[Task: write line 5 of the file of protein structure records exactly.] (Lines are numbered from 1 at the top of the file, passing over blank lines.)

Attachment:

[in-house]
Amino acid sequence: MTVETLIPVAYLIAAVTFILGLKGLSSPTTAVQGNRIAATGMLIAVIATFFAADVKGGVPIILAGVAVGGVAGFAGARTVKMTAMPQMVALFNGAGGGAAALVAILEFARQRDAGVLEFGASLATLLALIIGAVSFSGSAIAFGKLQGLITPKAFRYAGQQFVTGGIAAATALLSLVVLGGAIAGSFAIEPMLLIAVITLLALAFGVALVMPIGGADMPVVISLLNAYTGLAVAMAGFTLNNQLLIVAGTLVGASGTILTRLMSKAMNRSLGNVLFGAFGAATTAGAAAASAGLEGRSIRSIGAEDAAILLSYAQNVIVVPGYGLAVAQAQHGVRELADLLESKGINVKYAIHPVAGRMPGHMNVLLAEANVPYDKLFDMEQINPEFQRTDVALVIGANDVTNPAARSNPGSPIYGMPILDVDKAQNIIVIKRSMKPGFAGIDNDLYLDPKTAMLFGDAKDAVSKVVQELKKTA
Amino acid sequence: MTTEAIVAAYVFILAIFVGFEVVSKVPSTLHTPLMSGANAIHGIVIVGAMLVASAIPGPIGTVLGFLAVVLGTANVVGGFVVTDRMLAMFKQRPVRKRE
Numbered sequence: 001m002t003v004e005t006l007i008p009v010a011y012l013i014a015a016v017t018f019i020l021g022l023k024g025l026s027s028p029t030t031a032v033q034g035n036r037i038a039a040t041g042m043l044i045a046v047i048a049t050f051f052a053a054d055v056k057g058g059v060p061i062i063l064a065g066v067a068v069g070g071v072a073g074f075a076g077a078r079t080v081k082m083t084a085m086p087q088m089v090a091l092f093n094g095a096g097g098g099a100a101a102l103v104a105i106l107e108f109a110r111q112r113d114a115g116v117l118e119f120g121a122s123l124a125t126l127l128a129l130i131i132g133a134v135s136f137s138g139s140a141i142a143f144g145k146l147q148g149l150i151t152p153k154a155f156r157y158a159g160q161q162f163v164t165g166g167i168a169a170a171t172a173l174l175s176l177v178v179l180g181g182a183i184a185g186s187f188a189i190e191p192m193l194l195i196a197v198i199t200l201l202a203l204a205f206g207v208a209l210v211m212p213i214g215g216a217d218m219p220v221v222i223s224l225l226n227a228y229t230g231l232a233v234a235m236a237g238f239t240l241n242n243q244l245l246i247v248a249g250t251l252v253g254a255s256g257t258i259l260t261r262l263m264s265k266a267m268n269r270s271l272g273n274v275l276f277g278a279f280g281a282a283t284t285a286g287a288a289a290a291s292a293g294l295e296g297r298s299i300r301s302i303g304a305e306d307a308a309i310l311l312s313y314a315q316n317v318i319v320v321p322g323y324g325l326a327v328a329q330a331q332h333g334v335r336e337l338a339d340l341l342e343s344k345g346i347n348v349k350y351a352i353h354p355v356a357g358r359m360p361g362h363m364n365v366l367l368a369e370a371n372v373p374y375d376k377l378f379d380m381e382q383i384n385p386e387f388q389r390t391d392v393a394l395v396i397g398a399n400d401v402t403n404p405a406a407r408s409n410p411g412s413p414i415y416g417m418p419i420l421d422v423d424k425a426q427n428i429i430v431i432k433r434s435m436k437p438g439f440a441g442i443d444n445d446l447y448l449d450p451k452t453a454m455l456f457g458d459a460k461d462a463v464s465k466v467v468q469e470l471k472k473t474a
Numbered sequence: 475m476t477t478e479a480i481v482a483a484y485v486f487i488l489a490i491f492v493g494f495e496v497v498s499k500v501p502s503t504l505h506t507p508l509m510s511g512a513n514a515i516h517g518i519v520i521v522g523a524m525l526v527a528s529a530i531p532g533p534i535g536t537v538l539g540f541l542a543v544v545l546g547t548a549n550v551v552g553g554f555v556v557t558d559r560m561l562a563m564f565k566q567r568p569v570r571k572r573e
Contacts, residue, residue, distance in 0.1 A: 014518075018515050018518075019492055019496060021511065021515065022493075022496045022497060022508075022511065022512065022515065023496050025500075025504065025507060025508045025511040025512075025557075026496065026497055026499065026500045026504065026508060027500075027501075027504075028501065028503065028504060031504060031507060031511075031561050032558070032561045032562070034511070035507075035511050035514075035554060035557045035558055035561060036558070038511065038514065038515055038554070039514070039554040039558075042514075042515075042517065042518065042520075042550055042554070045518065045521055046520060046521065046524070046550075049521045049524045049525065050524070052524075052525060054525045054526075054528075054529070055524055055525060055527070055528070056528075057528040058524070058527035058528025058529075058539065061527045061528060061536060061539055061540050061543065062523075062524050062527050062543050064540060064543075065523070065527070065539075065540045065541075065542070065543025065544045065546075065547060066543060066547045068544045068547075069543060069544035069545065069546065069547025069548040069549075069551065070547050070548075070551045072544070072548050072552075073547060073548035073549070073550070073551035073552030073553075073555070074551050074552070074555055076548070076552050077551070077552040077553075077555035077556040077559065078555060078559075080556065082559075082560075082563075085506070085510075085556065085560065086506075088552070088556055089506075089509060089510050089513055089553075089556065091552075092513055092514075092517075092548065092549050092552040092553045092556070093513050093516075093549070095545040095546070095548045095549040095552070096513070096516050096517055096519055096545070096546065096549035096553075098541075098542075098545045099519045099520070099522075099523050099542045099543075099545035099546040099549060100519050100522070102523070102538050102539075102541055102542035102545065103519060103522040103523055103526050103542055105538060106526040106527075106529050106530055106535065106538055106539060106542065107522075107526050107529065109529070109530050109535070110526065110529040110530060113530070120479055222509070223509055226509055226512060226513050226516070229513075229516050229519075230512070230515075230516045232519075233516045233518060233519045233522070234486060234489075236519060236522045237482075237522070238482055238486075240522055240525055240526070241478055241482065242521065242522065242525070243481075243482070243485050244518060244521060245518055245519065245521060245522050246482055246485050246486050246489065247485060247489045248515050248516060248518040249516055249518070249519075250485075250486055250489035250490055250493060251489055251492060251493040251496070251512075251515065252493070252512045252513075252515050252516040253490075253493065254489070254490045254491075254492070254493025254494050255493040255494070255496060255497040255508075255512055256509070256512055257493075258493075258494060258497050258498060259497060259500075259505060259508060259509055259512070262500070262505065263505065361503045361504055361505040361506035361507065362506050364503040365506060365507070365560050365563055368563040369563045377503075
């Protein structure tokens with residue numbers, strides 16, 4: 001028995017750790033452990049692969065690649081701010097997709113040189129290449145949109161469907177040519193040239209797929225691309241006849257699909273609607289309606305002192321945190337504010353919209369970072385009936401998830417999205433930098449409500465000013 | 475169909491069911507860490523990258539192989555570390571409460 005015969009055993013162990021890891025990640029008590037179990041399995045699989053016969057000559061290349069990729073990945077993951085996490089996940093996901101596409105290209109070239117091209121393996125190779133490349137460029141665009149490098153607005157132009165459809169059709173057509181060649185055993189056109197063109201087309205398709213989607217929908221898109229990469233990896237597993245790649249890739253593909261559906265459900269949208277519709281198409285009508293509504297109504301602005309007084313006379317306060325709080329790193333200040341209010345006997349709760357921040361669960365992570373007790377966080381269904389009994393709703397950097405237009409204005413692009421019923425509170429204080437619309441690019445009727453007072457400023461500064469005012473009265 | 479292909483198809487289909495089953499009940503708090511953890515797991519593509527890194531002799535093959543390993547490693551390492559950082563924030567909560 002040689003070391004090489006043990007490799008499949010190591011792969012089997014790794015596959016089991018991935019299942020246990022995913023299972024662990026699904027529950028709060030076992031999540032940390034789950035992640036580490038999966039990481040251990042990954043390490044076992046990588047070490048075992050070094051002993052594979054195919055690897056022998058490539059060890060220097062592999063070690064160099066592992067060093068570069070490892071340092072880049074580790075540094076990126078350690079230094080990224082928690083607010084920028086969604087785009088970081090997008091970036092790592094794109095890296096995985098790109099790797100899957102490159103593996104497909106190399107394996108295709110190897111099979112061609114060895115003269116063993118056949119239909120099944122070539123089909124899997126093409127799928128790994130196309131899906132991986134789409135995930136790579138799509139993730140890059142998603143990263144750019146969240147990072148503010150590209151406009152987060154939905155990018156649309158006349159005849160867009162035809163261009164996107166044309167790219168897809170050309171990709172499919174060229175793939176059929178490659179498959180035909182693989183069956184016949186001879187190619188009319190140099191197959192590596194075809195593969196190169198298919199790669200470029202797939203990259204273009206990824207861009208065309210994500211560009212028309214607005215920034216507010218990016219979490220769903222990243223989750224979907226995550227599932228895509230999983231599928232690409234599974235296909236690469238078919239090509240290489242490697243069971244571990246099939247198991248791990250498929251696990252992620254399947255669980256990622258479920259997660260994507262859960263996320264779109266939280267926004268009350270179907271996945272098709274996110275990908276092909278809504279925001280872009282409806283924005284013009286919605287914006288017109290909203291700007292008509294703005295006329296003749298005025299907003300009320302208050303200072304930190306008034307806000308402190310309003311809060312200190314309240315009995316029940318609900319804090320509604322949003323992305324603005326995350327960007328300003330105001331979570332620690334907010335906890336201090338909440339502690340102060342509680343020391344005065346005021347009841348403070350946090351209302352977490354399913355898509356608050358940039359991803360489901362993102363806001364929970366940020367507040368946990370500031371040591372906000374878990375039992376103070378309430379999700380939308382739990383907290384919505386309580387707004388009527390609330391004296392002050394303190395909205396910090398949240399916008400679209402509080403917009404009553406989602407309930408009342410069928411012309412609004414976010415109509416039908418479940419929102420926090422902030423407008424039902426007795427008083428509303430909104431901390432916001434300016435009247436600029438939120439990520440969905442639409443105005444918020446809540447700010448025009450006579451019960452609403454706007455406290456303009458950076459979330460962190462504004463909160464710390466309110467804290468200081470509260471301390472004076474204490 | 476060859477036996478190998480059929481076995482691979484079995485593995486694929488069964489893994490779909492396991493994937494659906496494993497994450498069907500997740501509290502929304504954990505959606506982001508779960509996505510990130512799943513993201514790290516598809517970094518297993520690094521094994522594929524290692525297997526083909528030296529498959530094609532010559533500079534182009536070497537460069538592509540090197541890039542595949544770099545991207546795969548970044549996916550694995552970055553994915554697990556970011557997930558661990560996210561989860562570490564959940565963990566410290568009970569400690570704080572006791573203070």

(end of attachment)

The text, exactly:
Numbered sequence: 475m476t477t478e479a480i481v482a483a484y485v486f487i488l489a490i491f492v493g494f495e496v497v498s499k500v501p502s503t504l505h506t507p508l509m510s511g512a513n514a515i516h517g518i519v520i521v522g523a524m525l526v527a528s529a530i531p532g533p534i535g536t537v538l539g540f541l542a543v544v545l546g547t548a549n550v551v552g553g554f555v556v557t558d559r560m561l562a563m564f565k566q567r568p569v570r571k572r573e